The Washington Post meanwhile reports that Jackson is telling those close to him that he is growing “frustrated” with the nomination process and considering withdrawing:

White House physician Ronny L. Jackson has grown frustrated with the nomination process to lead the Department of Veterans Affairs and has told colleagues he may remove his name from consideration, according to two White House officials with knowledge of his deliberations.

Jackson’s indecision was brewing even before Capitol Hill Democrats on Wednesday released new allegations of professional misconduct, including the claim that Jackson had wrecked a government vehicle after getting drunk at a Secret Service going-away party.

The allegations were contained in a two-page document described by the Democratic staff of the Senate Veterans’ Affairs Committee as a summary of interviews with 23 of Jackson’s current and former colleagues. The document also described Jackson’s “pattern” of handing out medication with no patient history, writing himself prescriptions and contributing to a hostile work environment with “a constant fear of reprisal.”

One White House official said Jackson is growing weary of a process that has been besieged from the start. Veteran advocates and many lawmakers have expressed concerns about the former combat physician’s lack of management experience, and some have worried that he would capitulate to President Trump’s goal of outsourcing more veteran services.

On Wednesday, Jackson quickly denied crashing a vehicle. In private, he alternated between contemplating an end to his bid and striking a pugnacious tone, according to several White House officials, telling colleagues he hopes to defend himself even if he can’t win confirmation.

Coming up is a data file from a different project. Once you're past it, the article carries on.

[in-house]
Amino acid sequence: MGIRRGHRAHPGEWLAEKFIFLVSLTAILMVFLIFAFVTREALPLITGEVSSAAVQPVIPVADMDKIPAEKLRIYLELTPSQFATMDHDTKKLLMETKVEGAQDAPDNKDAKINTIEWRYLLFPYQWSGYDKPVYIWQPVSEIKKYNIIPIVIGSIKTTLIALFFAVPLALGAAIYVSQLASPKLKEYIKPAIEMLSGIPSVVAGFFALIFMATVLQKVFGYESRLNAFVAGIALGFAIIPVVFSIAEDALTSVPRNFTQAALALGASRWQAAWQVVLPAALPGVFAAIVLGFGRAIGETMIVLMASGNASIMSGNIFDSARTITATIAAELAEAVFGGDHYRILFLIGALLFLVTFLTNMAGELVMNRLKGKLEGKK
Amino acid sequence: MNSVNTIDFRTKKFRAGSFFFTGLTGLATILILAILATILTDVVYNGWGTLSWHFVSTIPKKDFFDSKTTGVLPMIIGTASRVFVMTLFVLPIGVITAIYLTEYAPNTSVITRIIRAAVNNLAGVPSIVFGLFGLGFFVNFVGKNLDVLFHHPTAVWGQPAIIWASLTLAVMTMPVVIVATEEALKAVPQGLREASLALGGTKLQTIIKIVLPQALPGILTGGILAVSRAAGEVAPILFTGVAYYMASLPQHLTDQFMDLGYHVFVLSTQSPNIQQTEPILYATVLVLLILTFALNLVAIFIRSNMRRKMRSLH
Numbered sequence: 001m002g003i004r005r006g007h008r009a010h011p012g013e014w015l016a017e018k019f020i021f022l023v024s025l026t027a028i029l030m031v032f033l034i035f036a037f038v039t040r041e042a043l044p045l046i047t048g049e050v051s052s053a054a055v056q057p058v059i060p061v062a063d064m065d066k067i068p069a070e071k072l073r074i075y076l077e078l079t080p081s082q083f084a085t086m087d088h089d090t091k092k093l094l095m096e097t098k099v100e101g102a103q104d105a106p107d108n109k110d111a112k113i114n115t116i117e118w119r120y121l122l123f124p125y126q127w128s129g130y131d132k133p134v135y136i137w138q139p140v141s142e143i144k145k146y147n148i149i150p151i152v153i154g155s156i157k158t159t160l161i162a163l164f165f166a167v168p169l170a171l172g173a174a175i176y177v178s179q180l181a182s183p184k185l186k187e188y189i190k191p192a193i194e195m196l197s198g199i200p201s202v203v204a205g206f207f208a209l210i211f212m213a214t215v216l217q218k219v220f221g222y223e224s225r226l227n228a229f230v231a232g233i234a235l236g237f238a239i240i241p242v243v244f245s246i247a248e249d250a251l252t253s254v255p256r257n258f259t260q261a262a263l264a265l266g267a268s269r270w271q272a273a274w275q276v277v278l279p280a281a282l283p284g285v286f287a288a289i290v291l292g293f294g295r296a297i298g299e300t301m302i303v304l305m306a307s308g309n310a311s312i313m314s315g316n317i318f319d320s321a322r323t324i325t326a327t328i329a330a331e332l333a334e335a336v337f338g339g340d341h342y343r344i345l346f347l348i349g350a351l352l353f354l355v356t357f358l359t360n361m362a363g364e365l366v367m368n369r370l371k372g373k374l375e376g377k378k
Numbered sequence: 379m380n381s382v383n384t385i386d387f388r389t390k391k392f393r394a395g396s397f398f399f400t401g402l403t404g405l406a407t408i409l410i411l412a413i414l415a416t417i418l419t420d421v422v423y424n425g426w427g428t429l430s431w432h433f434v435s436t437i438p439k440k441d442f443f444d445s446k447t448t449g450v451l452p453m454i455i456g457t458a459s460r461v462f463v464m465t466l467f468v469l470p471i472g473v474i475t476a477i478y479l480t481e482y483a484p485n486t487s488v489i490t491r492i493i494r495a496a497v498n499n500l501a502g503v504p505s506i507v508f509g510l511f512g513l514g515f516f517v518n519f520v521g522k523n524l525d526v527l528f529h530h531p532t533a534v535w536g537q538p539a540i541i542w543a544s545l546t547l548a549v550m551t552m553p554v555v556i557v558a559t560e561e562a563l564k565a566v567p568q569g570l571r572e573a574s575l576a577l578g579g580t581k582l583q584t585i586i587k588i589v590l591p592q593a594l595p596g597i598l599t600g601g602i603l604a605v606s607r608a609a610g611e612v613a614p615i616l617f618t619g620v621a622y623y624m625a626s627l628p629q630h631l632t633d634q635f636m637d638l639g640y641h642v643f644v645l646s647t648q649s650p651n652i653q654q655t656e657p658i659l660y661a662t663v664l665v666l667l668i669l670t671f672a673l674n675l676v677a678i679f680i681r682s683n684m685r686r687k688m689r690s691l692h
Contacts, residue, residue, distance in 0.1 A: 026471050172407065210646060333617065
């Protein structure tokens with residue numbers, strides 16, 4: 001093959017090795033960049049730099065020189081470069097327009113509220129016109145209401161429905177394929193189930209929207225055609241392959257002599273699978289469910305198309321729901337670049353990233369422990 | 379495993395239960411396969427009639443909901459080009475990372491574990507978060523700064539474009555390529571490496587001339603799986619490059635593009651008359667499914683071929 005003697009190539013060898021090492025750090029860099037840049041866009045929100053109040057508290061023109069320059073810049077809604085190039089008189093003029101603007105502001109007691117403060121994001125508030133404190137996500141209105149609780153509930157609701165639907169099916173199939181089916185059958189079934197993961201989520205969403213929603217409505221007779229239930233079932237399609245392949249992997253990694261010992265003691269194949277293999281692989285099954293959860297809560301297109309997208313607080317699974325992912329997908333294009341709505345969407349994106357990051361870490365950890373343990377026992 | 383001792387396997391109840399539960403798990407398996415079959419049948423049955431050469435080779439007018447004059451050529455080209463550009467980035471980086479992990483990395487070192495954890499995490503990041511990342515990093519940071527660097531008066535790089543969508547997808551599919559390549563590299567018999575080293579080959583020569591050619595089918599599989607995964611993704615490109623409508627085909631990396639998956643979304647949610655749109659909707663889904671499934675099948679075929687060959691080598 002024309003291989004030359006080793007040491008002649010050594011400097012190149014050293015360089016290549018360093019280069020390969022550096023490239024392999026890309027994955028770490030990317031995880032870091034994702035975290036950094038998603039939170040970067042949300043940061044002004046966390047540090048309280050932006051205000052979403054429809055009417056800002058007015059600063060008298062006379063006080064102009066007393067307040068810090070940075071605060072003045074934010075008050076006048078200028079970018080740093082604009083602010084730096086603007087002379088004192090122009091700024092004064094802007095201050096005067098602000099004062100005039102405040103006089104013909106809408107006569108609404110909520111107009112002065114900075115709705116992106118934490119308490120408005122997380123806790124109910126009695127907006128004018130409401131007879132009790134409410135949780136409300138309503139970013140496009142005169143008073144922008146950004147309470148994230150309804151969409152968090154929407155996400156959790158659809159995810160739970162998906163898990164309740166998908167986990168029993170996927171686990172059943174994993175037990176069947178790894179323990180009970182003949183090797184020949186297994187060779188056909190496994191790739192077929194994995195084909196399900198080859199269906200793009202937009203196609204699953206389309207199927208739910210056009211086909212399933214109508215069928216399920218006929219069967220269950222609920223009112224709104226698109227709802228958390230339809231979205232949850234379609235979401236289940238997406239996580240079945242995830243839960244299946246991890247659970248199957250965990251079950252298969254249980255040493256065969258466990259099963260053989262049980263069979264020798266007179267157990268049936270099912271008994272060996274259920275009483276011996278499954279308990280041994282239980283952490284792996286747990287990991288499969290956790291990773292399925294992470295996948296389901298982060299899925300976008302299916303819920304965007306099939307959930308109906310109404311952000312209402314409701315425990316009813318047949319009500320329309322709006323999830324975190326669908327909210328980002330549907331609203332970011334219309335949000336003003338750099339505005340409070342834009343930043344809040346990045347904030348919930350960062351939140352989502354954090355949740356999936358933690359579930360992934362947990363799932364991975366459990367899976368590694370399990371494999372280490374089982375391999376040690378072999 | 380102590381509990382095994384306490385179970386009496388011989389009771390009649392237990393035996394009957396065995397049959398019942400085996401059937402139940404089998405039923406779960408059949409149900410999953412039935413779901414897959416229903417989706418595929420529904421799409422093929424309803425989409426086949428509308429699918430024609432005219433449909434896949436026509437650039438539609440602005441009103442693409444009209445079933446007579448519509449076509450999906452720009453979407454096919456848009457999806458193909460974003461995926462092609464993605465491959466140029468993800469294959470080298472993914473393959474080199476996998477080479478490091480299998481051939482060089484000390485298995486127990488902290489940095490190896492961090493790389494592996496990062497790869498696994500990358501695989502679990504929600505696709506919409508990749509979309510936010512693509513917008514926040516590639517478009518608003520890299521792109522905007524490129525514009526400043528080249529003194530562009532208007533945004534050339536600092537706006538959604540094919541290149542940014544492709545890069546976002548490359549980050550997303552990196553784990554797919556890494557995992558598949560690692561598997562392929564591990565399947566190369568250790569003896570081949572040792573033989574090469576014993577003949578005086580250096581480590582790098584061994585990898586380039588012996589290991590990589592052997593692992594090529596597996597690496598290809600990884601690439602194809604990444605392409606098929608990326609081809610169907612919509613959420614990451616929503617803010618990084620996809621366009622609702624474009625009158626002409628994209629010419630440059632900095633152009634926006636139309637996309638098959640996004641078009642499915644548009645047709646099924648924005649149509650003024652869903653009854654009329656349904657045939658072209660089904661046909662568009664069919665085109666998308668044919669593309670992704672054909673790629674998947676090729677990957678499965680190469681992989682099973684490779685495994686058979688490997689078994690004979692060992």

The Democrats’ document provided no evidence for the allegations, nor an explanation of the methodology of the investigation, which has been spearheaded by the office of Sen. Jon Tester (D-Mont.). According to Tester’s staff, every allegation has been substantiated by at least two people.

The memo does not provide specifics on when some of the alleged incidents occurred. It also presents a stark contrast to the stellar portrait offered by Jackson’s defenders, who have described previous allegations as a smear job.

“Am I 100 percent rock-solid sure that he did this? No,” Tester said on MSNBC. “But I’ve seen a pattern here that continues on and on and on and I think it’s important that members of the committee see what I’m seeing.”

Finally, Axios is out with a report this morning that Jackson is expected to withdraw his nomination:

White House sources tell Axios that they expect White House physician Ronny Jackson to withdraw as President Trump’s nominee to run the Veterans Affairs Department, after Democrats on Capitol Hill circulated harsh new allegations.

What we’re hearing, from a senior administration source: “There’s no question about whether the White House will stand by him. There is a question about how much longer he wants to put himself through it.”

Amid all of this, the confirmation hearings have been put on indefinite hold and even some top Republicans in the Senate are expressing doubts about the future of the nomination in light of these accusations. With Congress set to head out on another recess next week, this essentially means it would not be until Mid-May at least that the Senate Veterans Affairs Committee would be ready to take up the nomination. Assuming any other allegations come out between now and then, it would mean that there would be plenty of time for reporters to track down the people behind the allegations and possibly uncover new ones that would further imperil the nomination.

Even leaving aside these allegations, many of which raise the question of how and why they were not known at the time he served in the White House Physicians Office under both Presidents George W. Bush and Barack Obama, it seems fairly clear that Jackson should not be confirmed. While the allegations are serious enough that, if true, they should probably lead the Senate to reject his nomination based on the questions they raise about his judgment and temperament, they are not the most serious issue regarding his nomination. As I noted above, the Department of Veterans Affairs is the second biggest agency in the Federal Government, right behind the Department of Defense. It is a large, cumbersome, and widespread bureaucracy that, as we’ve seen in recent years, has raised serious questions and in some cases may have led to the deaths of patients awaiting care. As I’ve said in the past, it is in need of much-needed reforms that only Congress can bring about via legislation, but that doesn’t seem likely any time in the near future.